I love this project! I have been able to clearly see your vision from the start! I also had to stop a moment and really think about beadboard a little while back. I wanted to use beadboard horizontally to cover the walls of our bathroom. After a little research I learned those 4×8 panels are not water resistant and can easily warp in steamy places. Those were out. I also looked at the boards y’all ended up using, but I wanted a wider plank. So those were also out. We ended up buying 4×8 sheets of cabinet grade plywood (the 1/4″ kind) and used a router and a long straight edge to make our own panels. We had chosen an 8″ ‘plank’ size which ended up to be the perfect size to end each sheet on a ‘bead’, meaning we were able to stack the sheets without a noticeable seam. It ended up looking great and I’m happy we went the direction we did!
SO SMART! I love that idea Meg!
Karen W. says
Really fantastic!! The time it took to do this project pales in comparison to the amount of time you guys will spend enjoying it!
SUCH a great idea.
Alicia W. says
Your ceiling looks gorgeous! And it the whole space looks so much bigger than it did before. I had heard a while ago that painting outdoor ceilings, eaves, etc. prevented wasps from making nests. I have always wondered if it was really true, but whether it is or not I love the blue!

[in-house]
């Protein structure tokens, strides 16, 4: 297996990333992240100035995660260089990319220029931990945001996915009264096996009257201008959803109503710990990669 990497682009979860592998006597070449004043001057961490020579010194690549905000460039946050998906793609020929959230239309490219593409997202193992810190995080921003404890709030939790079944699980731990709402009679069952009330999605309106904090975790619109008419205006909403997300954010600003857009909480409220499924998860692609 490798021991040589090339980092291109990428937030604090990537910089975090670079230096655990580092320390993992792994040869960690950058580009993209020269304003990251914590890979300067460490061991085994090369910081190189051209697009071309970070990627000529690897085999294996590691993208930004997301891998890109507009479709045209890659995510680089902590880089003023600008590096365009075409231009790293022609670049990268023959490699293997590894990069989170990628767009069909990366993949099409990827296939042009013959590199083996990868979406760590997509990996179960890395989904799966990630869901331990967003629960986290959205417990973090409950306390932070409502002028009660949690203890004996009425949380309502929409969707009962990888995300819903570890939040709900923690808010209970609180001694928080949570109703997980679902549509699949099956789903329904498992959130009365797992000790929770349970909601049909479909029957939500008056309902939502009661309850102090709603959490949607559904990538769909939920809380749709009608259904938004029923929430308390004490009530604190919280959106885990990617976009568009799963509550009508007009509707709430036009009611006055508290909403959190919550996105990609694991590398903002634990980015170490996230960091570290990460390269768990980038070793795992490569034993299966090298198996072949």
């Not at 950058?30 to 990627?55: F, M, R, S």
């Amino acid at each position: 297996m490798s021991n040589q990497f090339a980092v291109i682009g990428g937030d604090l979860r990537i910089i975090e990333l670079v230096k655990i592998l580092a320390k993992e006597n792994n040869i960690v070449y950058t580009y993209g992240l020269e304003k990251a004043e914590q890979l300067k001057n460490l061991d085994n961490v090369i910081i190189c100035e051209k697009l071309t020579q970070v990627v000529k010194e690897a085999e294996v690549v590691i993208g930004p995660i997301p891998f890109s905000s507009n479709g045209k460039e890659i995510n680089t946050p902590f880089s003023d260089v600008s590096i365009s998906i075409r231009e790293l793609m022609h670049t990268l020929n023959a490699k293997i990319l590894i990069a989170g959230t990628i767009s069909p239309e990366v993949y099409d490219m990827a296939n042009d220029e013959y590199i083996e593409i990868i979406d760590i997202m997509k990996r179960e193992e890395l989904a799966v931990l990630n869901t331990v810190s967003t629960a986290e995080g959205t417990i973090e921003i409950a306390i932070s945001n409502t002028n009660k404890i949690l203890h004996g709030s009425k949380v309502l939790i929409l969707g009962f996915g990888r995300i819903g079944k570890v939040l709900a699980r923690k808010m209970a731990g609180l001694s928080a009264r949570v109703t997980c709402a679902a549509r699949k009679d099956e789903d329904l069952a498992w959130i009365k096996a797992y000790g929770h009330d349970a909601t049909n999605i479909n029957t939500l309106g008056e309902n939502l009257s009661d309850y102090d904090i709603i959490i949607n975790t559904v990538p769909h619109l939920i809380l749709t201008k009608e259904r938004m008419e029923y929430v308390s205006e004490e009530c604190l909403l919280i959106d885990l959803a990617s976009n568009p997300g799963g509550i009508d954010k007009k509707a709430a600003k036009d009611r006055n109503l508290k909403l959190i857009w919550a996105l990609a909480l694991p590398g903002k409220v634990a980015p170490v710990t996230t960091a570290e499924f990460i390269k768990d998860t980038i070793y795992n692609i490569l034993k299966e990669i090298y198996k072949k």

I have heard that too! Something about how it looks like the sky so bugs fly up into it and hit themselves on it and say “dude, I’m outta here – this place is full of witchcraft and trickery!” – at least that’s how it was told to me. Haha!
Great choice on the planks, the ceiling looks great. I agree that beadboard probably would’ve looked too busy.
You made the right choice to not go with beadboard, so why are you still calling it beadboard? You have a beautiful wood plank ceiling.
Haha, thanks Alan! We’ll have to retrain our brains to say wood plank ceiling. It does sound pretty good…
Have you guys seen this Home Depot marriage proposal?
Isn’t that the best!?
John Cusack made my morning, I literally laughed out loud when I saw it, this is what makes your blog so special–cool projects, great info with a heaping side of silliness!
Quick question, i thought you all were doing exposed rafters? This looks awesome, but I was thinking the rafters were supposed to stick out? Did I miss anything?
Looks great either way!
We were always planning to have a flat planked/beadboard ceiling, so the rafters were just revealed during demo, but we always had plans to cover them up. We didn’t have any other way to secure the ceiling without nailing the ceiling boards into those joists. We think once two fans are added we’ll be happy there aren’t too many nooks and valleys up there to look busy (or have animals nesting in them) though!
Heather @ Forsythia + Oak says
That is some serious patience, especially with all the tedious little snaffoo’s you ran into. It looks awesome!
looks awesome!!! are you planning to paint the exterior brick too, when you repaint the walls and columns?